Stand Up To Cancer Has Changed The Way Research Gets Done

Stand Up To Cancer’s mission is to raise funds to accelerate the pace of groundbreaking translational research that can get new therapies to patients quickly and save lives now.

Since 2008, SU2C’s innovative research model has brought more effective treatments to patients at an unparalleled pace. We bring together today’s top scientists to work toward treatments faster. Follow along with the #ThisIsSU2C hashtag.

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Our Unique Approach To Cancer Research

Our Unique Approach To Cancer Research

We create Dream Teams

Traditionally, scientists worked individually on different pieces of the cancer puzzle. Stand Up To Cancer enables scientists to work together on Dream Teams, with members in different disciplines and from multiple institutions, pooling their expertise to accelerate the process of finding better ways to treat cancer.

Collaboration doesn't stop there. Not only do our Dream Teams collaborate within teams, they collaborate across them as well–because what we learn in one cancer type often has great application to other cancer types. Each year, SU2C holds a Scientific Summit that allows our researchers and advocates to share and discuss the progress of their research. Get a recap of the 2015 annual summit here.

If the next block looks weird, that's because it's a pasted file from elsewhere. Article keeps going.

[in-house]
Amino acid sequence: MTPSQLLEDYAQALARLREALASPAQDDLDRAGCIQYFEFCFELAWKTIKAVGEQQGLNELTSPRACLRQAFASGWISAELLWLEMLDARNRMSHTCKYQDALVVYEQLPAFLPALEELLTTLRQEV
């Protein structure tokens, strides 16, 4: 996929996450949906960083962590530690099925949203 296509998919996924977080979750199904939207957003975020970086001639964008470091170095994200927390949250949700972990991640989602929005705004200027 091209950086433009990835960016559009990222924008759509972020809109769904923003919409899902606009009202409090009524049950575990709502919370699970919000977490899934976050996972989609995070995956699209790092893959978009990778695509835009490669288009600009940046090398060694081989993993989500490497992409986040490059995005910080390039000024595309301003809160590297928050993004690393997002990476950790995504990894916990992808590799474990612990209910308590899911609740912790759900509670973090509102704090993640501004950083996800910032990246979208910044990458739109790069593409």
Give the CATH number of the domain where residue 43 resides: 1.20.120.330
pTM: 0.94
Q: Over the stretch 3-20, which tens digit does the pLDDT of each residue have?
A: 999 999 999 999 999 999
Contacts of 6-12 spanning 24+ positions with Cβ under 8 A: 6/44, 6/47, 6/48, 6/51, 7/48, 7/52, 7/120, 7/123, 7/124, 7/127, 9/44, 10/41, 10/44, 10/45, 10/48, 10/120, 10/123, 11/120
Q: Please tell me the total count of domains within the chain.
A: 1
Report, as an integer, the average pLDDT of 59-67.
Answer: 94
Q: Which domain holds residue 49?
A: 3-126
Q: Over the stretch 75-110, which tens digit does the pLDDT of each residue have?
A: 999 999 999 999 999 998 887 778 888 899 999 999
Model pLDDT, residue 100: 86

22 Dream Teams
16 Translational Teams
46 Innovative Research Grants
1,250 Researchers
144 Institutions

We fund high-risk,
high-reward ideas

We invest in cutting edge cancer research ideas that may be considered high risk, but have a strong potential to impact patient care. In addition to Dream Teams, we continue to fund Innovative Research Grants. These grants are awarded to the “young guns” of cancer research with fresh ideas that may not receive funding from traditional sources and could one day lead to life changing results. Get a closer look at the cutting edge research supported by our Innovative Research Grants thus far.

We collaborate at the
highest level